One of the most important decision factors when investing in a new electronic article surveillance (EAS) system – besides return on investment – is the total cost of ownership of the particular solution.
Total Cost of Ownership refers to the total cost you incur over the lifetime of the system: It includes the purchase price plus the costs of operation, such as installation, service, and maintenance.
Printers are a great example to explain TCO. The price of certain printers is very low, but over the lifetime of the printer you need x new ink cartridges – each almost costing as much as the printer itself. To calculate the TCO of a particular printer, you would do the following calculation: TCO = (price of the ink X number of purchase) + purchase price.
When choosing among different loss prevention solutions, you should not make your decision solely on the item’s purchase price, but also consider any additional costs this purchase will incur over time.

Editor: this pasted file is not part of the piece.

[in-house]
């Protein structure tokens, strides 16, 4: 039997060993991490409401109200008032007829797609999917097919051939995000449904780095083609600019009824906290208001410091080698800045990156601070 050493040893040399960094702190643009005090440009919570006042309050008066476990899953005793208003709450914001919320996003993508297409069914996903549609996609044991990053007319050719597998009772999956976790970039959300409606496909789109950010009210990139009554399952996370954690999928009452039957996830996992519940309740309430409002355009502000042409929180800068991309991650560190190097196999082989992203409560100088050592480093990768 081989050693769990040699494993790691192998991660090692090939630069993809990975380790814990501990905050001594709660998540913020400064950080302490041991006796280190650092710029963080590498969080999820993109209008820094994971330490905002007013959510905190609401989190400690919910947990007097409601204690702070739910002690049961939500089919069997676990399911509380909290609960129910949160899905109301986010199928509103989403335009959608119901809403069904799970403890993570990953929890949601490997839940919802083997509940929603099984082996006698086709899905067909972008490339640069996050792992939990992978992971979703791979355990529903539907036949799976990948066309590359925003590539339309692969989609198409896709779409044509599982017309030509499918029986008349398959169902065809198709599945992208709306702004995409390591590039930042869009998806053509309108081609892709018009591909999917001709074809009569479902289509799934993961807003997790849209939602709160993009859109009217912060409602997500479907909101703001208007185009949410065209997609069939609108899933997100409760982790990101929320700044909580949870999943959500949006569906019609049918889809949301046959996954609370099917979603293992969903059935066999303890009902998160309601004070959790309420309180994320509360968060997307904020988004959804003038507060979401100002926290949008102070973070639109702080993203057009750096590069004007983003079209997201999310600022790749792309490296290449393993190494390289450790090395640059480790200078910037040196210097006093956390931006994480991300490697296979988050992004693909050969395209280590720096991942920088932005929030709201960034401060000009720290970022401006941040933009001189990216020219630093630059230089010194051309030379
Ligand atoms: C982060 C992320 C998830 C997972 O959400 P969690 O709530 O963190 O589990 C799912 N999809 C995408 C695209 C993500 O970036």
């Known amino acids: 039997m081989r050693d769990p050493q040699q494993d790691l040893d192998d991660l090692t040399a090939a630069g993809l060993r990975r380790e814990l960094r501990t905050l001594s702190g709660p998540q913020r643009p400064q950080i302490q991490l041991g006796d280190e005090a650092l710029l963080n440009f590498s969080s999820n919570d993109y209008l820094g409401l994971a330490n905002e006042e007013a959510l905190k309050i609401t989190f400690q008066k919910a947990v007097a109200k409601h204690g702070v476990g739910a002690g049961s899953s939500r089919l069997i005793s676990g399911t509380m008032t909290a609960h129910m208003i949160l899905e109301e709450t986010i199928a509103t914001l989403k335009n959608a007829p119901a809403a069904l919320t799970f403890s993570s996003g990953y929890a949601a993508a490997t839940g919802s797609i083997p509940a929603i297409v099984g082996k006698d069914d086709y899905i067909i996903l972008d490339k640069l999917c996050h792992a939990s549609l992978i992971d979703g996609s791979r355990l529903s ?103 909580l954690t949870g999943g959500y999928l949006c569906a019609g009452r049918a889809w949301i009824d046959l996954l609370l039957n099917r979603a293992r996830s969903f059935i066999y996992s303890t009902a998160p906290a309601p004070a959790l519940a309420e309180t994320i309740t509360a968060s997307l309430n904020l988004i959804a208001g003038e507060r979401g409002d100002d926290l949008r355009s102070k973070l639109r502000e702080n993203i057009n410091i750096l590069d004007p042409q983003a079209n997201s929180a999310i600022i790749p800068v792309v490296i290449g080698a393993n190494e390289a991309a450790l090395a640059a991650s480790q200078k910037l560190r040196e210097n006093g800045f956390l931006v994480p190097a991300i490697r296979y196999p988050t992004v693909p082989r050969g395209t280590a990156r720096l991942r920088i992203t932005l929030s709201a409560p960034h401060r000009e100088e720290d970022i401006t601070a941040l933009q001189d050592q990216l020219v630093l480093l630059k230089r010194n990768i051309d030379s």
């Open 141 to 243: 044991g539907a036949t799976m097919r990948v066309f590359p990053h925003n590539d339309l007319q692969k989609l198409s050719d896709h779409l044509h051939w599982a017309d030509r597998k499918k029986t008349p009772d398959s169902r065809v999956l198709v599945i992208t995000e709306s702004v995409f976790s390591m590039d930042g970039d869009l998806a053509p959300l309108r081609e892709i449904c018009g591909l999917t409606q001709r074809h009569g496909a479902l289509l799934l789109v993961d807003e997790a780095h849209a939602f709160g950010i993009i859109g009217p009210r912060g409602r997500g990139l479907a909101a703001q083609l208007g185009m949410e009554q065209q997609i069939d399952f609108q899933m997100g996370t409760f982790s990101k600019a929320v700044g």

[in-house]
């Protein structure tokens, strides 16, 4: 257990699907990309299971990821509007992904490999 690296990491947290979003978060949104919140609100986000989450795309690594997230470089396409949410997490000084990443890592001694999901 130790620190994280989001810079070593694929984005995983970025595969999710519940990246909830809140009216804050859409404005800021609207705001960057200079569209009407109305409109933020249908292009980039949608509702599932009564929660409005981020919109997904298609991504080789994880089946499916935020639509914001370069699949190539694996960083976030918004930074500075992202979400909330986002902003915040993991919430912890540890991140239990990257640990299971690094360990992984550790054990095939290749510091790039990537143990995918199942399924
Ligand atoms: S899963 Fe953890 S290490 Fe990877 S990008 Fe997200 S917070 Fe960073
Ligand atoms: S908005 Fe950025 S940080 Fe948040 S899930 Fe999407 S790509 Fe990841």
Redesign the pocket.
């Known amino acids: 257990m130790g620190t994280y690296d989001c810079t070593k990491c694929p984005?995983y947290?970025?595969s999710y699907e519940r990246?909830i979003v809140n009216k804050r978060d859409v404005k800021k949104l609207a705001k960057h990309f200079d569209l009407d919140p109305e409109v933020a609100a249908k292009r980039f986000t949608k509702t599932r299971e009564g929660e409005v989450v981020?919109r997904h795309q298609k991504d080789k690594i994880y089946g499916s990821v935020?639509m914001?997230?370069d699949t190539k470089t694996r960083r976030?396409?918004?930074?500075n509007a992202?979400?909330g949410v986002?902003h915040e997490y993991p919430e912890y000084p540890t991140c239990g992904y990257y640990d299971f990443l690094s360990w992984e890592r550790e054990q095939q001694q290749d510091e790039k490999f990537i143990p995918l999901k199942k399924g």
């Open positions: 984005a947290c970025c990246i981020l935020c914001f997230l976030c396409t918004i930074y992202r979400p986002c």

Ultimately every financial decision boils down to ensuring the lowest total cost of ownership (TCO) and ensuring the highest possible return on investment (ROI). And there are several approaches that can be considered to achieve that – and we will look at some of them in more detail today.
Dimensioning For High ROI For Single Stores
Not every store carries the same merchandise, exists in a similar location and has the same risk of shoplifting. Therefore, they do not need the same level of protection.
To maximize the return on investment for each store, we recommend segmenting your stores into three categories and equipping them at the level that is needed:
- High-risk stores carry a high percentage of hot items and have a high theft risk due to location, etc. and need higher protection than average or low-risk stores.
- Average risk stores are in a lower risk location but carry a relatively high percentage of hot items. While the shrinkage levels are nowhere near the high-risk store levels, they still need significant protection.